SAN FRANCISCO -- USWeb/CKS and Microsoft Corp. have formed an alliance in which the software giant will invest $90 million in the Internet services company, which in turn will build its new application hosting service on Windows 2000 and related technology.
During a news conference here Tuesday, officials with both companies said the framework of USWeb's new iAMsystem (Internet Application Management System) would be based on Microsoft's Distributed interNet Architecture 2000.
The framework, called iFrame, combines application components, methodologies and tools for constructing and running the application services that will be sold to customers on a monthly subscription basis.
"iFrame is not a fixed endpoint in time. It's going to be something that evolves over time," said Alex Hawkinson, senior vice president of USWeb/CKS Managed Services. "It is the combination of technology components with the methodologies and tools for taking those components and extending them to build e-business solutions that match what the client actually needs."
The first iAMsystem applications - covering communications, knowledge management and e-commerce - will be available in the fourth quarter.
How the money breaks down
For its part, Microsoft agreed to invest, over the next 12 months, $67.5 million for development of iFrame-based services. Later, USWeb will pay Microsoft royalties based on those services.
"We're building this whole service around Microsoft's set of products," USWeb CEO Robert Shaw said. "We also have an agreement with Microsoft that if they don't have the product or the product doesn't scale to meet the needs of demand, we'll be free to use anything we want."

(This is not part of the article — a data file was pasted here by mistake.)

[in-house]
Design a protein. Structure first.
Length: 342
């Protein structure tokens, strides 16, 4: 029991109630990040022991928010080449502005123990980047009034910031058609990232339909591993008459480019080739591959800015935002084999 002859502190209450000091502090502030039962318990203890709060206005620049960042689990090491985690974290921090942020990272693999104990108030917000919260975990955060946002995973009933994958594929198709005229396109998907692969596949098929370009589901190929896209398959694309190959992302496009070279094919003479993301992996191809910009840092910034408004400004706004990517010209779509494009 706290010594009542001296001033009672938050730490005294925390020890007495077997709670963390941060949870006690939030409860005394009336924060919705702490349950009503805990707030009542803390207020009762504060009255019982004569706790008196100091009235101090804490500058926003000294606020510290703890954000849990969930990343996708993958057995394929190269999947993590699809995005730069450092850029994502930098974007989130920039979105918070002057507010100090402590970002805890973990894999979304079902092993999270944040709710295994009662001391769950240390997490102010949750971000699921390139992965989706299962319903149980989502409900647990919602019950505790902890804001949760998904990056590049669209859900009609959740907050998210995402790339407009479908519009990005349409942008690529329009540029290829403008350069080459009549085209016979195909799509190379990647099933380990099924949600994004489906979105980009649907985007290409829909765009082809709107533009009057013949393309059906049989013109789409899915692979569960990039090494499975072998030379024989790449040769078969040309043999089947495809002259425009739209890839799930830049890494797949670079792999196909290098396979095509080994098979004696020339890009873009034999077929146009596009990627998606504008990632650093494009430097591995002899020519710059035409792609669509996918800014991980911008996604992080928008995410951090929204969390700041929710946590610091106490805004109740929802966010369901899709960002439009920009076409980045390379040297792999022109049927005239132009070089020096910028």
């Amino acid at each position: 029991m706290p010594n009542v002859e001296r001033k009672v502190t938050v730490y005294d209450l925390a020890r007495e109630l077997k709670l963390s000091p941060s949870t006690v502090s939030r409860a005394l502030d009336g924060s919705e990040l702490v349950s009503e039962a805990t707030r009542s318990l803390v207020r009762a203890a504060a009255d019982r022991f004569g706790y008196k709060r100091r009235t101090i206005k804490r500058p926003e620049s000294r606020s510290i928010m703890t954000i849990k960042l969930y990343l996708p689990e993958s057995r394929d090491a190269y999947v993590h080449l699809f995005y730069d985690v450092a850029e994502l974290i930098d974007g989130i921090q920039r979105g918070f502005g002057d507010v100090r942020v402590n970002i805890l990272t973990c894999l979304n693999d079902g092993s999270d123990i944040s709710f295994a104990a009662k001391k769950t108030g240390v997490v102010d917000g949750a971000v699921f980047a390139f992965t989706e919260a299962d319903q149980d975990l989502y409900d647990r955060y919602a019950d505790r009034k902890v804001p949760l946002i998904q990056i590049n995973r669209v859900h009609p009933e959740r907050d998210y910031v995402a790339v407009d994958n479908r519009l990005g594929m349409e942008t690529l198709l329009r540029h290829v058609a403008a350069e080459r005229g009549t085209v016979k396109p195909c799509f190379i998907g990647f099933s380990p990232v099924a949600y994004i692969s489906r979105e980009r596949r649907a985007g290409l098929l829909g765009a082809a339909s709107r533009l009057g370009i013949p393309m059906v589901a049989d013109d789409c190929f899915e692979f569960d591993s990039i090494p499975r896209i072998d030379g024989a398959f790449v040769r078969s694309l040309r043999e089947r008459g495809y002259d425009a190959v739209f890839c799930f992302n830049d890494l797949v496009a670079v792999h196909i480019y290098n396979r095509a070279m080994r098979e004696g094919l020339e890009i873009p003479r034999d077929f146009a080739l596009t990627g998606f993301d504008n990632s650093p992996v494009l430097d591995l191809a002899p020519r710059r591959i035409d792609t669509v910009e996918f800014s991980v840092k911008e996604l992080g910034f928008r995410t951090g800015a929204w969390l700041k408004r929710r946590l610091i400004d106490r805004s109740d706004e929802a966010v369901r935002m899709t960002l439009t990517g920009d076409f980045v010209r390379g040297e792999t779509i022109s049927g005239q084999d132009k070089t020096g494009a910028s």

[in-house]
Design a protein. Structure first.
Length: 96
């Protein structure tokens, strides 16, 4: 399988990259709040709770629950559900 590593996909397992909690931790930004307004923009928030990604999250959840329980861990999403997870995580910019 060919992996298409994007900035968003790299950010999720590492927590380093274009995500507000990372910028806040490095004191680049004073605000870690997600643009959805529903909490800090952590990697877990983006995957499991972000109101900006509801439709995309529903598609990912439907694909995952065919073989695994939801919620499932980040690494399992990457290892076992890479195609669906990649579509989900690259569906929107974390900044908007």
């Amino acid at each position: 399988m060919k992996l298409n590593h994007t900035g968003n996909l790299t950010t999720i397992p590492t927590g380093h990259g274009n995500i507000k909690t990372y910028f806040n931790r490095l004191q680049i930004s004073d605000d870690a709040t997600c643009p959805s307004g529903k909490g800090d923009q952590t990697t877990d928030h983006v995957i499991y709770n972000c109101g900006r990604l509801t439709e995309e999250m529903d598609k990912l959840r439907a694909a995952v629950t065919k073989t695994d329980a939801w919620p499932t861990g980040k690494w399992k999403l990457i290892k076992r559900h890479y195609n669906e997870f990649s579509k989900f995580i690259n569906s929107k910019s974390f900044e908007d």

In addition to the $67.5 million, Microsoft agreed to buy $14.9 million of USWeb stock within the next five years. The remainder of the $90 million investment will go toward training and marketing.
USWeb officials brushed aside suggestions that Microsoft was paying the company to use its technology, saying the deal was an extension of USWeb's longstanding relationship with the Redmond, Wash., company. Also, Microsoft's technology had more support among ISVs then other platforms, they said.
"You have to make a choice of a platform [for hosting services]," Hawkinson said. "You can't possibly manage something that's completely chaotic."
The first Windows DNA 2000 deliverable will be Windows 2000, scheduled to ship by the end of the year.
Also as part of Windows DNA, Microsoft will roll out next year a new version of Visual Studio, Microsoft's suite of development tools; SQL Server 8.0 Host Integration Server, the next-generation Commerce Server; the AppCenter Server for managing clustered server farms; and the BizTalk XML Server.